Co-ordinating Stability: Some Remarks on the Roles of Monetary and Fiscal Policy under EMU

  • Bernhard Winkler


Only a few months into Stage Three of Economic and Monetary Union in Europe (EMU) the issue of policy co-ordination looms large both on the agenda of European policy makers and in the academic debate. Calls for enhanced policy co-ordination have long been a routine ingredient of Sunday speeches and summit declarations. One possible reason why the notion of co-ordination has proved attractive is the vagueness of the concept as used in the policy context. A second reason is that the term co-ordination usually carries a positive connotation. This is also a legacy of the academic literature, where — at least for the simple two player models used initially — co-ordination is “always good”, i.e. welfare improving, almost by definition. Both features, a lack of clarity of what is meant by co-ordination paired with an unreflected “pro co-ordination bias” are also present in the current European debate.


Monetary Policy Central Bank Fiscal Policy Price Stability Central Bank Independence 


Unable to display preview. Download preview PDF.

Unable to display preview. Download preview PDF.


  1. Artis, M. and Winkler, B. (1998) `The Stability Pact: Safeguarding the Credibility of the European Central Bank’, National Institute Economic Review, January, 87–98.Google Scholar
  2. Beetsma, R. and Bovenberg, L. (1998) `Monetary Union Without Fiscal Coordination May Discipline Policymakers’, Journal of International Economics 45, 239–258.CrossRefGoogle Scholar
  3. Beetsma, R. and Uhlig, H. (1999) `An Analysis of the Stability Pact’, Economic Journal, forthcoming.Google Scholar
  4. Canzoneri, M. and Diba, B.T. (1996) `Fiscal Constraints on Central Bank Independence and Price Stability’, CEPR Discussion Paper 1463.Google Scholar
  5. Eichengreen, B. (1997) `Saving Europe’s Automatic Stabilisers’, National Institute Economic Review 159 (1/97), 92–98.CrossRefGoogle Scholar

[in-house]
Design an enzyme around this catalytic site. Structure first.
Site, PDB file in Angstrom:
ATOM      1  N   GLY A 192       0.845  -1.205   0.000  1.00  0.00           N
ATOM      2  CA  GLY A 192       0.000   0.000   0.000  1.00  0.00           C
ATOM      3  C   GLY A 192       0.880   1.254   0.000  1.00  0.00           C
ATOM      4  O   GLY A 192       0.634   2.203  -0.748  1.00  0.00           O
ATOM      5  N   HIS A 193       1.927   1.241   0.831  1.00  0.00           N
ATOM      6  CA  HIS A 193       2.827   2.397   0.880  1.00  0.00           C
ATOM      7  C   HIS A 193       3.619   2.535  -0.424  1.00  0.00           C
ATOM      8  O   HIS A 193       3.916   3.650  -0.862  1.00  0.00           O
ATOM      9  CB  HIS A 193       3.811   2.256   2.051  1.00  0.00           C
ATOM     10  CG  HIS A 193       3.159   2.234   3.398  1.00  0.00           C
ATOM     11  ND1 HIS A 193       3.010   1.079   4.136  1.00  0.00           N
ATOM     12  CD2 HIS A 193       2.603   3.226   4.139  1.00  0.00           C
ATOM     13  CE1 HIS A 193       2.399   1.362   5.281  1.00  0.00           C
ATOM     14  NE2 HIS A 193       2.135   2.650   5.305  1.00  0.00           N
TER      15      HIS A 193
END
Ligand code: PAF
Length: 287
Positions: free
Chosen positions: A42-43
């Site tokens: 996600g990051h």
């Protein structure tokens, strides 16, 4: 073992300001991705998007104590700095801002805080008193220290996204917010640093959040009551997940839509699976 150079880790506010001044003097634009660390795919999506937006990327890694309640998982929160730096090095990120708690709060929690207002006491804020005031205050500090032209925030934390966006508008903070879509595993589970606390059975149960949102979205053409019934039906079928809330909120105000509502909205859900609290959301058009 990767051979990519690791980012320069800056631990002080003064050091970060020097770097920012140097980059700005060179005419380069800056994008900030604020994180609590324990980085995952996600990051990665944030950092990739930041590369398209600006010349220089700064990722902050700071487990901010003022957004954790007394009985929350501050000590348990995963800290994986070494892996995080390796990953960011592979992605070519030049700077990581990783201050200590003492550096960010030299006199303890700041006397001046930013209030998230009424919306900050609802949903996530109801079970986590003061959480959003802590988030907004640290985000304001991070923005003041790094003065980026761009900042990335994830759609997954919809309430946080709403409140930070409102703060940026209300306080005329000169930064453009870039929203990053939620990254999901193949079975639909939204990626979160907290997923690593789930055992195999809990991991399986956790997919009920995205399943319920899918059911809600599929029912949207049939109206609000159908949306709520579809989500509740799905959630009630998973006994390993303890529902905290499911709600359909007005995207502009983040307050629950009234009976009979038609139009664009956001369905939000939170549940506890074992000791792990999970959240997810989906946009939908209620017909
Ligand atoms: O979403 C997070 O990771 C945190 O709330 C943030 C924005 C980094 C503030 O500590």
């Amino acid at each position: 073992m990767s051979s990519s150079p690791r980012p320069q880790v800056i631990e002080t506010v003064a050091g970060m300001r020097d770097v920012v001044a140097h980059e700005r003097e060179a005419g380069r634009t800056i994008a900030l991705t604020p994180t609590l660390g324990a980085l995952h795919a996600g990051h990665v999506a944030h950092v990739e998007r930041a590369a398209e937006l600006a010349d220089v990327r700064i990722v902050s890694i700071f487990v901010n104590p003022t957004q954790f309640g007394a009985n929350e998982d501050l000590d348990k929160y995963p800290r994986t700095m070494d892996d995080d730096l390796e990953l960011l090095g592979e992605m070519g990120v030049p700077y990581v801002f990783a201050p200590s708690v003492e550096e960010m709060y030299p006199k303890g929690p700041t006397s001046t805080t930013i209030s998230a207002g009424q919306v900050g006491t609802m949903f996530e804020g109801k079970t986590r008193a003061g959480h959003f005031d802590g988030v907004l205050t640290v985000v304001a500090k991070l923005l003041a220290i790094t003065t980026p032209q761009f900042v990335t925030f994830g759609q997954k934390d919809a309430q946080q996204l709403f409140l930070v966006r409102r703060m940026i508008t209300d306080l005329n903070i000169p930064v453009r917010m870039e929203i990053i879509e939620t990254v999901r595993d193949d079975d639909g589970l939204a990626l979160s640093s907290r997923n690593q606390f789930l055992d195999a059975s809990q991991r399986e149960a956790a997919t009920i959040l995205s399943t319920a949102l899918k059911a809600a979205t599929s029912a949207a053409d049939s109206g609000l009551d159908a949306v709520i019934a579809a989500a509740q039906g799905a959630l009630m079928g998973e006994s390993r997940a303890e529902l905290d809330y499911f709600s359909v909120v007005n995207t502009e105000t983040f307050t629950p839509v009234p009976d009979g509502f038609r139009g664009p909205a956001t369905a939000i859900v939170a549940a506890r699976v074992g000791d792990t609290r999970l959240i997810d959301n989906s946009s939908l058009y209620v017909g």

6. Jensen, H. (1996) `The Advantage of International Fiscal Cooperation under Alternative Monetary Regimes’, European Journal of Political Economy 12, 485–504.CrossRefGoogle Scholar
  7. Kreps, D. (1990) `Corporate Culture and Economic Theory’, in J.E. Alt and K.A. Shepsle (eds.), Perspectives on Positive Political Economy, MIT Press: Cambridge, Mass., 258–281.Google Scholar
  8. Milgrom, P. and J. Roberts (1992) Economics, Organization and Management, Harvester Wheatsheaf: Hemel Hampstead.Google Scholar
  9. Rogoff, K. (19856) `Can International Monetary Policy Coordination be Counterproductive?’, Journal of International Economics 18, 199–217.Google Scholar
  10. Padoa-Schioppa, T. (1999) `Europe’s New Economic Policy Constitution’, in Will EMU Lead to a European Economic Government?, Centre for European Reform, London, 15–28.Google Scholar
  11. Sargent, T. and Wallace, N. (1981) `Some Unpleasant Monetarist Arithmetic’, Quarterly Review, Federal Reserve Bank of Minneapolis (Fall), 1–17.Google Scholar
  12. Winkler, B. (1996) `Towards a Strategic View on EMU: A Critical Survey’, Journal of Public Policy 16, 1–28.CrossRefGoogle Scholar
  13. Winkler, B. (1998) `The Political Economy of European Monetary Union: Between Economic Logic and Political Imperatives’, in A. Cafruny and P. Peters (eds.), The Union and the World, Kluwer: Dordrecht, 191–208.Google Scholar
  14. Woodford, M. (1996) `Control of the Public Debt: a Prerequisite for Price Stability?’, NBER Working Paper 5684.Google Scholar

Copyright information

© Springer Science+Business Media Dordrecht 2001

Authors and Affiliations

  • Bernhard Winkler
    • 1
  1. 1.DG ResearchEuropean Central BankFrankfurtGermany

Personalised recommendations